Sigfroit refused to speak; he stared at the ceiling of the common room of the inn, his jaw set. Giralt made a point of speaking only to Fealatie. "I have a notion, Bondama, and I hope you will consider it. Since we have yet to receive permission to approach Jerusalem."

She answered listlessly. "What is it?"

"You said yourself that only a Cardinal or the Pope could determine if you have met the conditions of your penance, or could impose new terms on the penance. If that is the case, then it might be our best course to go to Roma and find a Cardinal who will listen to you and who will decide what is to be done." The words came out quickly, more from nervousness than from enthusiasm. "It is a satisfactory solution to the problem, isn't it?"

Fealatie sat a little straighter on the hard bench. For the first time in months her thoughts quickened without fear. "It might be one means," she said, not letting herself hope.

"It could be the only means," said Giralt. "And it is one that… that your husband cannot cavil with." He took care not to appear to speak with Gace, or to seek his advice. "We could be here another year without getting nearer Jerusalem, no matter whose aid we solicit. If we go to Roma, it could be that we will not have to return here, or if we do, it will be with the means to fulfill the terms of penance."

Sigfroit, who had been ignoring the whole, began to listen attentively. "If a Cardinal declares your penance done, there is no one in France who could question you." He hesitated. "Your husband is a… stern man, and without such—"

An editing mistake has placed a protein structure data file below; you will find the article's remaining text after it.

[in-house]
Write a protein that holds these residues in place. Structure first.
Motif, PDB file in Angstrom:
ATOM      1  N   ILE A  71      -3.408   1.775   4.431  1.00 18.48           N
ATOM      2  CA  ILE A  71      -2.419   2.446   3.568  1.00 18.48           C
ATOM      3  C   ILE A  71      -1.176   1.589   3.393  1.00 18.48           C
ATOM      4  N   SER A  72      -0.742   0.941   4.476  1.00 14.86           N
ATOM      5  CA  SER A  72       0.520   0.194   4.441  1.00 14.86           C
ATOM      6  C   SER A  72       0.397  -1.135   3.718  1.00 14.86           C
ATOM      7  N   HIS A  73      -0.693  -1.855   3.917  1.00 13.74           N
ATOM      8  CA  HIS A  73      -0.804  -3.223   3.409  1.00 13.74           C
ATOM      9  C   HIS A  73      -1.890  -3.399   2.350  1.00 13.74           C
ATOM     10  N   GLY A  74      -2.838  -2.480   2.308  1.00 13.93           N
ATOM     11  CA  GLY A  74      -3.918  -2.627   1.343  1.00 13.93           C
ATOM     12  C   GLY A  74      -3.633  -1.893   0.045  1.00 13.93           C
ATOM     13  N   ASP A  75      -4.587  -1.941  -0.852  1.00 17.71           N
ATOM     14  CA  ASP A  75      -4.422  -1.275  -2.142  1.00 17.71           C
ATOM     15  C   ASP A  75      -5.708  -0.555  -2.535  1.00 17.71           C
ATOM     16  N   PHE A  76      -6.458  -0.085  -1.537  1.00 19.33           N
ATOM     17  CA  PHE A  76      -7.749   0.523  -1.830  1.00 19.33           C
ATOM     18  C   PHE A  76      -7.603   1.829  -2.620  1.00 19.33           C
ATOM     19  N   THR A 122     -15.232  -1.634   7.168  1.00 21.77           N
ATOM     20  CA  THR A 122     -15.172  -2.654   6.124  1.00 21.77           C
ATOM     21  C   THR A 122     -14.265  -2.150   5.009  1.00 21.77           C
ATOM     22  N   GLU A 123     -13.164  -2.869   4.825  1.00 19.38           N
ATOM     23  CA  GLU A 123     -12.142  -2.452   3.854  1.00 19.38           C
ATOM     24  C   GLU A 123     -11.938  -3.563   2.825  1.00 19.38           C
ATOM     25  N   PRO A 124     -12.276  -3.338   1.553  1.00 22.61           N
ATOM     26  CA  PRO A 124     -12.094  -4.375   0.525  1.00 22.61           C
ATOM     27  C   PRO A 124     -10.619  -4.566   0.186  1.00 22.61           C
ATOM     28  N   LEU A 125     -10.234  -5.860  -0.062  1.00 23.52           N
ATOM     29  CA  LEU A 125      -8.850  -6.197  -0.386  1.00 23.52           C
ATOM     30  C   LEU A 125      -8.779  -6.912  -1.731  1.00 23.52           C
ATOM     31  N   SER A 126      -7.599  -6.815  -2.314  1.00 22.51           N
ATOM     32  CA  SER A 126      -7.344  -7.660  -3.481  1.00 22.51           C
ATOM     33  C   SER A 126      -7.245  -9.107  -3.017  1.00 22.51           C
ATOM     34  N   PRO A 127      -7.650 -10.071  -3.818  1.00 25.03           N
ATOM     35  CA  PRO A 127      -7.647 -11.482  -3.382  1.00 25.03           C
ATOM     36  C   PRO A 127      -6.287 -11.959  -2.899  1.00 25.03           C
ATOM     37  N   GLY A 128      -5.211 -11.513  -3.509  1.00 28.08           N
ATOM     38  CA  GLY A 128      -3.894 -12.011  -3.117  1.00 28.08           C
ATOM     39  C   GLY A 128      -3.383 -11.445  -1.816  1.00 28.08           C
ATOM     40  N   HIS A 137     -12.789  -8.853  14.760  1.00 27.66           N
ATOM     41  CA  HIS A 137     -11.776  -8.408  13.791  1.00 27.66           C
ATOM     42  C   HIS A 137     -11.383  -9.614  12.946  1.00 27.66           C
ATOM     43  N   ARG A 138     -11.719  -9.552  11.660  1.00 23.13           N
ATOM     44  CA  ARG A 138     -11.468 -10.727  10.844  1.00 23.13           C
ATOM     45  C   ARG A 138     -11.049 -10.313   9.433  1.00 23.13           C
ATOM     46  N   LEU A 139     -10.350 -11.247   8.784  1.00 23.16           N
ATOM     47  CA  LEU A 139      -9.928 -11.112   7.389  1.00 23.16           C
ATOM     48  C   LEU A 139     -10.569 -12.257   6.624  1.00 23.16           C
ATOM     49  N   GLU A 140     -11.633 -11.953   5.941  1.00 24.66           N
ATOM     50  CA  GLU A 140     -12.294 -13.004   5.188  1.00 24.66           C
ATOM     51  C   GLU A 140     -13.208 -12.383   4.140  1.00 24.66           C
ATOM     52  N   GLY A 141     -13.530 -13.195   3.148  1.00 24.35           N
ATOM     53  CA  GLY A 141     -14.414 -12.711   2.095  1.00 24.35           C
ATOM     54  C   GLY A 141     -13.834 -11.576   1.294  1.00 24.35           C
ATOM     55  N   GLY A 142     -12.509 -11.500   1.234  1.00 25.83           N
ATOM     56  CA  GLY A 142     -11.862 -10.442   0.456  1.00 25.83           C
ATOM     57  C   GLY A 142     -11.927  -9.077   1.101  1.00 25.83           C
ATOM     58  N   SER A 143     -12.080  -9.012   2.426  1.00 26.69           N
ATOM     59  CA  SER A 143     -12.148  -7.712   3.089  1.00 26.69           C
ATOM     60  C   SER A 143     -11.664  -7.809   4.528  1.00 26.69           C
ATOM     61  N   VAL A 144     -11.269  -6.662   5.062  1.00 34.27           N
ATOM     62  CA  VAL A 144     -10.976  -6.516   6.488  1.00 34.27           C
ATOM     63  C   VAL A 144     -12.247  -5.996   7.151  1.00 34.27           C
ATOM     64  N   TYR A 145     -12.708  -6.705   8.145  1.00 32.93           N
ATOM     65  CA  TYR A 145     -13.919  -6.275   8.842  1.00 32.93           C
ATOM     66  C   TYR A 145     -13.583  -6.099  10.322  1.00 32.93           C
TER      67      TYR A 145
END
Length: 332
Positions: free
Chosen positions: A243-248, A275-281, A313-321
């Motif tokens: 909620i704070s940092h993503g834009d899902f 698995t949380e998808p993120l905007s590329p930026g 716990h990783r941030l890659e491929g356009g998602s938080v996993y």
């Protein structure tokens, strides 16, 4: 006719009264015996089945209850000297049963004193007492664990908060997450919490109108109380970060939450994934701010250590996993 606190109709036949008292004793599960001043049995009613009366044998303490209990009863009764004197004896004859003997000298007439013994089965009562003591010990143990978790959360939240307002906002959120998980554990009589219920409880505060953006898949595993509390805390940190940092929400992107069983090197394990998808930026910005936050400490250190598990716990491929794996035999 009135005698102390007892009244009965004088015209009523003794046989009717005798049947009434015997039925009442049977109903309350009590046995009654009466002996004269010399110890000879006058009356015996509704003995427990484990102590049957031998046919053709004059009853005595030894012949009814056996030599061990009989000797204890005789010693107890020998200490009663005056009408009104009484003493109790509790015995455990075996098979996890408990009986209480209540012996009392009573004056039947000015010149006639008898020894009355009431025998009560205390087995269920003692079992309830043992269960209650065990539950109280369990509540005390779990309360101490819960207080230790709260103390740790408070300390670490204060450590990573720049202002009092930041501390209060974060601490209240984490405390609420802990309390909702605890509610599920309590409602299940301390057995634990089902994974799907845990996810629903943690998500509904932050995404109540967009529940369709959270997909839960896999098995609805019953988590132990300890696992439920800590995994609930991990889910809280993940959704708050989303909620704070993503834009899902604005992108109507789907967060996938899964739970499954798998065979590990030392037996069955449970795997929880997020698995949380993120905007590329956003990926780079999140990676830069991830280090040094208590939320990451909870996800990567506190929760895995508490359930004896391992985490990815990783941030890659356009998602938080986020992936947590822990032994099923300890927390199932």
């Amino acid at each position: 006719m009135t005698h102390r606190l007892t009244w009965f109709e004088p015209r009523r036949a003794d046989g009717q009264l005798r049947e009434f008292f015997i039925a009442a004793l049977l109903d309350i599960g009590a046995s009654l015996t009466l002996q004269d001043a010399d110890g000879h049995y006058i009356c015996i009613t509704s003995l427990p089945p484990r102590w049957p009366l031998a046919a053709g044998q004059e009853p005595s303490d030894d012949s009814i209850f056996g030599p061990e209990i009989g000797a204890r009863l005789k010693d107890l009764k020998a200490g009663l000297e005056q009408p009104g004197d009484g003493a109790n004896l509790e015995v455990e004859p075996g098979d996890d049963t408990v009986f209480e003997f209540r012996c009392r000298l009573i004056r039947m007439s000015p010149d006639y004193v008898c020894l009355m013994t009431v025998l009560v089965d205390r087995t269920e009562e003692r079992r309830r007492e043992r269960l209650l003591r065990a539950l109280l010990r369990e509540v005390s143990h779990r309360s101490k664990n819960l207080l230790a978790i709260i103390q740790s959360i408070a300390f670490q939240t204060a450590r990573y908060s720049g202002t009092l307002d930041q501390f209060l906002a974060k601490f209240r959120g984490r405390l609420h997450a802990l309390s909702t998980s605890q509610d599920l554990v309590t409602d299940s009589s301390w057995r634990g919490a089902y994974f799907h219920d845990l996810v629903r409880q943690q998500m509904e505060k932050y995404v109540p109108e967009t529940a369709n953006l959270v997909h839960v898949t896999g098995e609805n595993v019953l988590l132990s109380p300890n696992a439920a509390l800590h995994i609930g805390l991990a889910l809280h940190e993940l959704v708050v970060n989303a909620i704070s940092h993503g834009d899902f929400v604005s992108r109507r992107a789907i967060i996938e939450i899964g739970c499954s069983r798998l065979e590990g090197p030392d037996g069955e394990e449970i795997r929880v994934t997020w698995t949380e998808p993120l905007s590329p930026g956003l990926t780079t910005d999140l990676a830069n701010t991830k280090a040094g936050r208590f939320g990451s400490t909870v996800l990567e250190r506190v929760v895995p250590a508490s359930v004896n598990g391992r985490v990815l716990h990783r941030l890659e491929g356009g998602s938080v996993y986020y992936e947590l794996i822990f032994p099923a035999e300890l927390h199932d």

"My husband is a good Christian," said Fealatie, trying to keep from hating Gui de Fraizmarch who had treated her with such unforgiving harshness.

Giralt spoke carefully. "It is fitting that a Cardinal determine the matter. Not just for your husband, Bondama, but for the Comes de Reissac, who requires expiation. Since de Reissac endorsed your penance, he must approve the mitigation from a Prince of the Church. We are witness to your many attempts and can address a Cardinal or your husband on your behalf."

Neither Giralt nor Sigfroit was willing to speak against Gui de Fraizmarch, although both had long since decided that the man was overly severe in his punishment of his wife. Sigfroit heard Giralt out, and added, "We are honor-bound to see that your penance is fulfilled; if there is a Cardinal who will endorse what you have done already or will set an acceptable goal, it will satisfy me and my oath entirely."

"And it is so much safer in Roma than here," added Gace, and grinned sourly when the others refused to speak to him.

"I will see if there is passage," Giralt volunteered. "If there is not, then I will try to get safe-conducts for the road. One way or another, we will get to Roma."

"And then?" Fealatie asked of the air.

"You will persevere and that will bring vindication," said Giralt with feeling, his hands almost touching her. "What reasonable man would refuse to assist you? It is for the benefit of your soul as well as to regain the honor of your House and your husband's House." He wished she would smile, or that she would show more animation. All through their long ordeal she had been encouraging and brave. Now, with the first hint of hope, she was languishing. "Fealatie, you will achieve your victory."